Trees in the Boise River are a hazard to floaters
The U.S. Bureau of Reclamation expects to drop the level of the Boise River below the magic number for what Ada County considers safe for widespread raft and tube floating next week, Peter Cooper, a civil engineer for the Bureau, said Thursday afternoon.
Meanwhile, the Boise Fire Department’s Dive Rescue Team has cleared most of the downed trees, brush and other debris that are most dangerous to floaters from the stretch of river between Barber Park and Ann Morrison Park. The crew could remove enough hazards by next weekend to make floating the river reasonably safe, fire department spokeswoman Char Jackson said.
If both things occur, Ada County could green-light raft and tube rentals at Barber Park, signaling the beginning of float season at a much later date than usual.
The county won’t begin rentals until the level of the Boise River is below 1,500 cubic feet per second, as measured at a stream gauge near the Glenwood Bridge. That’s a level at which most inexperienced floaters can safely negotiate the Barber Park-Ann Morrison Park trip on an innertube.
The river was at 1,800 cfs Thursday afternoon, as it has been since early July.
Reclamation plans to gradually reduce the amount of water it releases from Lucky Peak Reservoir, which controls the level of the Boise River, starting the middle of next week, Cooper said. By the end of next week, he said, the level should drop to around 1,000 cfs — well below Ada County’s threshold for floating.
Why it might still not happen
But there’s no guarantee float season will start next week, even if the river drops to 1,000 cfs.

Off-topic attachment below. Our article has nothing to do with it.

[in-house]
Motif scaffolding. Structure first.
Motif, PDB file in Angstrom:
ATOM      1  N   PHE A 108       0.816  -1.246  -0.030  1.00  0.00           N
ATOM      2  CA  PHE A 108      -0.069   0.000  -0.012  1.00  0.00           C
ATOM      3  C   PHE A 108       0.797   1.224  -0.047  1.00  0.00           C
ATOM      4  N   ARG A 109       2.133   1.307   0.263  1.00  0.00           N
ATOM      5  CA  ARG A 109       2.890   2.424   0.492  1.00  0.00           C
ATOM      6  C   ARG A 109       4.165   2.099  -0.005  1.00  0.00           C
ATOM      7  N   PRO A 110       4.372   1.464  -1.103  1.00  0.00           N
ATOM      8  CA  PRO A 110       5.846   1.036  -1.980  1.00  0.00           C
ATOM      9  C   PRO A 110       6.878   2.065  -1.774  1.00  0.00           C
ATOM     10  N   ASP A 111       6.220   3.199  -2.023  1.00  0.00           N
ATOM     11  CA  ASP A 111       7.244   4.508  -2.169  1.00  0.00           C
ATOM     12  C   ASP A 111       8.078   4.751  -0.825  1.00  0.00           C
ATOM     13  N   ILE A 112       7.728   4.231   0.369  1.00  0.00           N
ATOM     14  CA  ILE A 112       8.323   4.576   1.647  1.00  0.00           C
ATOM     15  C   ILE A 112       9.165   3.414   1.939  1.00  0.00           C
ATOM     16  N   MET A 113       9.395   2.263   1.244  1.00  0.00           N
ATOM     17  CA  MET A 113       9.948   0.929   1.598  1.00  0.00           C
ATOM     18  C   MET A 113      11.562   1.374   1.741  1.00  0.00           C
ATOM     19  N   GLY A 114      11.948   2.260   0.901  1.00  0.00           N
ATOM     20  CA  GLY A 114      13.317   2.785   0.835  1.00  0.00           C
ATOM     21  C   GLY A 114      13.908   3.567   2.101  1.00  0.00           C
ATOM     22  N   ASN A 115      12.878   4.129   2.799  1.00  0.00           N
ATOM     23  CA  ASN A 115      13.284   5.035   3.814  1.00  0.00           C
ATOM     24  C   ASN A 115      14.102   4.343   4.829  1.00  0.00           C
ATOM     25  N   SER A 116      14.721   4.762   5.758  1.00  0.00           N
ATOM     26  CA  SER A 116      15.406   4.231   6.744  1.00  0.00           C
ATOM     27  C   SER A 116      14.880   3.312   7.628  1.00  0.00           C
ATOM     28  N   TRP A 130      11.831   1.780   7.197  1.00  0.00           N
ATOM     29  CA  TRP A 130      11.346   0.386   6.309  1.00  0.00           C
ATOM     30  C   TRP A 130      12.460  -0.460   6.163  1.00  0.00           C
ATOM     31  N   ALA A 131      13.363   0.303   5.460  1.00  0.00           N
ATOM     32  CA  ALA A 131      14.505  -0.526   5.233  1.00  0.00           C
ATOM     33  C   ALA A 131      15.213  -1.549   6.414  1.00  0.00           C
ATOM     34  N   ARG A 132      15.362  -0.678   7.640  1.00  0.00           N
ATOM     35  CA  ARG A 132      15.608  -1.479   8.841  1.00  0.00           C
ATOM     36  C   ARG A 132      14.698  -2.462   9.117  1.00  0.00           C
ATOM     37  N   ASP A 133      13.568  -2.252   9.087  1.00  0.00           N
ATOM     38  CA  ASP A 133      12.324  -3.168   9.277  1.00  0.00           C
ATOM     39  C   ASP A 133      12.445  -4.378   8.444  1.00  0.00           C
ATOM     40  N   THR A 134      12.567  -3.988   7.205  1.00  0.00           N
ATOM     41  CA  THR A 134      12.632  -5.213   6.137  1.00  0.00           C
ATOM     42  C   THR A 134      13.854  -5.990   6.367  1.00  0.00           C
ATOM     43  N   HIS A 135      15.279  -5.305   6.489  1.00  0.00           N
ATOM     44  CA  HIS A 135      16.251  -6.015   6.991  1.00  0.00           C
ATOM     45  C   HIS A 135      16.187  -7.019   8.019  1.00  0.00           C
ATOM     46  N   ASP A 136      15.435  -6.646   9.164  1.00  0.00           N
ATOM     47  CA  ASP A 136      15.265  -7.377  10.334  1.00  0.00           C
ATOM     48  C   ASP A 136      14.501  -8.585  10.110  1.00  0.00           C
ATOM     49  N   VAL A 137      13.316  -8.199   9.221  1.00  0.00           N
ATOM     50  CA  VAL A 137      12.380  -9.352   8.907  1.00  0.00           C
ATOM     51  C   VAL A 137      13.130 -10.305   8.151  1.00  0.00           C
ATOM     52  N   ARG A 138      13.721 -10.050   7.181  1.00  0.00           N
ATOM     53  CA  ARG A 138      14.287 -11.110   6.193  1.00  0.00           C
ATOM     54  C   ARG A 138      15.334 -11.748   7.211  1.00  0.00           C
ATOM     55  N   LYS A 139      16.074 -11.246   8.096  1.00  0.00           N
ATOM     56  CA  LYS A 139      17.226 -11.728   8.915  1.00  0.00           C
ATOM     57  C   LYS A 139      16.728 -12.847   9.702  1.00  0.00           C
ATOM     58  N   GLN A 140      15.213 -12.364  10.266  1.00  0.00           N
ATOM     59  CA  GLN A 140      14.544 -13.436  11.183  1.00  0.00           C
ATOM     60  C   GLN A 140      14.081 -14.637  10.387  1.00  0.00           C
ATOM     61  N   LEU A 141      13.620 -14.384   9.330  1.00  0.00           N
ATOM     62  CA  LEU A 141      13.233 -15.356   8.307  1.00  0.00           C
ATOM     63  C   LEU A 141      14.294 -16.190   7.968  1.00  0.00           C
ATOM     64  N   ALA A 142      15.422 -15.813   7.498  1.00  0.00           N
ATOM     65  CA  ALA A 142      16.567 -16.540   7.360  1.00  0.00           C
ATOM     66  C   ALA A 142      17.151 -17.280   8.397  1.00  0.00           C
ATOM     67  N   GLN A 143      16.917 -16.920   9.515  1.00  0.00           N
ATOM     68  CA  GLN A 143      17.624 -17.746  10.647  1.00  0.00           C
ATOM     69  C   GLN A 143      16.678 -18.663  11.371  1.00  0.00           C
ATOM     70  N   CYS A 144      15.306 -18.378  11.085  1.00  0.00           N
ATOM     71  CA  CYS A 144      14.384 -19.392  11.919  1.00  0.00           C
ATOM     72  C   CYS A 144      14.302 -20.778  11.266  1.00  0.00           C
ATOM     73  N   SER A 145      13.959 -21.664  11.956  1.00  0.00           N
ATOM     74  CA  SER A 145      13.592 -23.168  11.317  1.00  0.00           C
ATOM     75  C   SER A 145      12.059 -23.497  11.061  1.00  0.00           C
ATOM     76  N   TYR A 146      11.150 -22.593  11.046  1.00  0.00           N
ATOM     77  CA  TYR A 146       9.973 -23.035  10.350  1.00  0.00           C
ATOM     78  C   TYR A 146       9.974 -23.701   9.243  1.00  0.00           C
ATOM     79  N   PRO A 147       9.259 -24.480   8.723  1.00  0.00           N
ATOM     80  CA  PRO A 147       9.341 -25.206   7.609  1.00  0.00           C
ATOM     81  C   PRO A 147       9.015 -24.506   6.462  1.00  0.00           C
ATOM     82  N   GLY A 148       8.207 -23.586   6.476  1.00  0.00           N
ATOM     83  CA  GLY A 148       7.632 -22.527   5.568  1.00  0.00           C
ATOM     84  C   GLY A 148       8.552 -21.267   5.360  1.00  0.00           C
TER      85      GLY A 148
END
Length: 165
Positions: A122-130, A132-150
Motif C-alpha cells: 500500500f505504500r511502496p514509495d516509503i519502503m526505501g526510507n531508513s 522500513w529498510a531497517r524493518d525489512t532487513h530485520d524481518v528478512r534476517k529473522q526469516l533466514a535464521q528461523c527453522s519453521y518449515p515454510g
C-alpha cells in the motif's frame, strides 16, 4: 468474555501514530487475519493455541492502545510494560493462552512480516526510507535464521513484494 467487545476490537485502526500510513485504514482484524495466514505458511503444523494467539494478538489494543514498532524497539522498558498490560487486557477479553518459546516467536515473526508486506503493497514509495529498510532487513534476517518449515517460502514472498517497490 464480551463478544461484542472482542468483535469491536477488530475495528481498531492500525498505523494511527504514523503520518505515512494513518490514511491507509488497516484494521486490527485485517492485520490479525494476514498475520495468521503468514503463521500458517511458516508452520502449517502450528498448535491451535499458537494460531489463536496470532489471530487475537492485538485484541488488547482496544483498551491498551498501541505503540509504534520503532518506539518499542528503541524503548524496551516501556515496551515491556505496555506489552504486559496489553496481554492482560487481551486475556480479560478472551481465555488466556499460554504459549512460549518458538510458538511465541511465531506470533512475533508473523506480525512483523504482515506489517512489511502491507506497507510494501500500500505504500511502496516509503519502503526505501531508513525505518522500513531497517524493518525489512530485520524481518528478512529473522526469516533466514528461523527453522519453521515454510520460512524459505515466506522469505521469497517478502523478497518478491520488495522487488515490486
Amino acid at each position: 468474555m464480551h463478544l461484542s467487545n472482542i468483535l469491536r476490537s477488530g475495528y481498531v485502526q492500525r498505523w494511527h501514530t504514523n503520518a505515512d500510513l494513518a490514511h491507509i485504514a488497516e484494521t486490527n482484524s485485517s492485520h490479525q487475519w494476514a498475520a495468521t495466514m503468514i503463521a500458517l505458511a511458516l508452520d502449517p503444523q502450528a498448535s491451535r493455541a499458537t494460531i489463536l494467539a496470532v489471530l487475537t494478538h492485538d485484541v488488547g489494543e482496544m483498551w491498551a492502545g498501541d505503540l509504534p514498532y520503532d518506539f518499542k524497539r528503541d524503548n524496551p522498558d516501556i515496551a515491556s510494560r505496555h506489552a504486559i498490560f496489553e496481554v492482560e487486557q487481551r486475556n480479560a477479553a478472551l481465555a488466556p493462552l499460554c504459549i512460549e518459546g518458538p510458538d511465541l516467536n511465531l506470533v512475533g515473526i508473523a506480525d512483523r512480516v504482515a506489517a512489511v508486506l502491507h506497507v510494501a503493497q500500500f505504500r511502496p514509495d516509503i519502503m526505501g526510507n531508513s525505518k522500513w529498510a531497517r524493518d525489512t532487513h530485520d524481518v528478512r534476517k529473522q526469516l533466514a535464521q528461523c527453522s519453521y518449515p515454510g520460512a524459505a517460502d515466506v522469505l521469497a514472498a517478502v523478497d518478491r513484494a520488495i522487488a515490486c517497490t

The county also wants to make sure the river is free of as much debris as possible before it opens floating season. While it appears the Boise Fire Department has made good progress toward that goal, the Dive Rescue Team still could find debris that takes more time than expected to remove.
One complication is a telecommunications cable that crews discovered a few feet below the surface of the river near the Broadway Bridge. Jackson said the city is still monitoring the cable for now to determine if it’s a hazard worthy of action.
Jackson cautioned people not to jump the gun on floating the river. Crews might still be in the water over the next week, and floaters could put themselves and the dive team in danger.
At least bureau officials sound confident about the prediction that flows will drop. The agency is confident it will meet its “flow augmentation” goal for the year, said John Roache, manager of the River and Reservoir Operations Group for the agency’s Pacific Northwest Regional Office in Boise.
Every year, Roache said, Reclamation aims to release 487,000 acre-feet of water from Idaho waterways above the demand of other uses like irrigation. This “flow augmentation” water is designed to help migrating fish downstream reach the Pacific Ocean.
The agency kept flows higher than normal this month in order to meet that obligation, even though it had plenty of room in its reservoirs to absorb runoff from major precipitation, Roache said.
The amount of water the agency can release changes based on snowpack and runoff. If the agency can’t reach the larger flow augmentation target, it tries for at least 427,000 acre-feet. If that’s not possible, it simply sends as much water downstream as it can without harming irrigation or other interests, Roache said.
In 2001, an unusually dry year, Idaho waterways contributed only 90,000 acre-feet to flow augmentation, Roache said.